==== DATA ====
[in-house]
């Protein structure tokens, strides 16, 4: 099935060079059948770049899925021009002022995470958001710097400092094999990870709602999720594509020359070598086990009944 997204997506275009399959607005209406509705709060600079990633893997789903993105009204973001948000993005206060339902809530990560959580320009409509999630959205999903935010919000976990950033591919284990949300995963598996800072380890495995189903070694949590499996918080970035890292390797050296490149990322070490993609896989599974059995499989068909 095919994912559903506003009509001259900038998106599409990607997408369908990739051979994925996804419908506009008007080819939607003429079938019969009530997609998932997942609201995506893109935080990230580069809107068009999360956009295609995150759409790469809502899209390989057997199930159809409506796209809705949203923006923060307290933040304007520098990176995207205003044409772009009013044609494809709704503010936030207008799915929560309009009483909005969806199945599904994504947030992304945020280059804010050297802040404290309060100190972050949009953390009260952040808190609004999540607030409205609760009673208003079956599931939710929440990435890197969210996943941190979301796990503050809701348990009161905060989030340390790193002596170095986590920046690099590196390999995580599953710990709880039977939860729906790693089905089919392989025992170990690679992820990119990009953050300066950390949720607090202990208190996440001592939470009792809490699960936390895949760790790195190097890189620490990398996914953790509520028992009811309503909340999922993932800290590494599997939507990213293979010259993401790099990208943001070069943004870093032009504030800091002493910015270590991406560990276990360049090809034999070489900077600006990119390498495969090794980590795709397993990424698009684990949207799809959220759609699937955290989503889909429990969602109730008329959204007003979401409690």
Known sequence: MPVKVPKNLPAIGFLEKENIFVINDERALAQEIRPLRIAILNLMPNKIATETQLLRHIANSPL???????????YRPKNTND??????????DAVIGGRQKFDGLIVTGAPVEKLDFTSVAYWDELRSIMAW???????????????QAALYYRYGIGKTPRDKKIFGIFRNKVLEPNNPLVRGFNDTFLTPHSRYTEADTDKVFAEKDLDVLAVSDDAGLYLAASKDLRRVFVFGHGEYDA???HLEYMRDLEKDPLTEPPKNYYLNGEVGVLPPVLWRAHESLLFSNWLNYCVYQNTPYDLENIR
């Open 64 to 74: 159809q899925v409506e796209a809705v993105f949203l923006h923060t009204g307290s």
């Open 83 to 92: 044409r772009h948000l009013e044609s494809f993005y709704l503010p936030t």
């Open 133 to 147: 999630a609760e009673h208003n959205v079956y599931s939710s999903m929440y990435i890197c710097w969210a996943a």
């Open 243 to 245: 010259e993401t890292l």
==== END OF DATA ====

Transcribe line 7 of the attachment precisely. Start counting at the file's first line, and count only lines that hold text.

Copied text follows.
């Open 243 to 245: 010259e993401t890292l």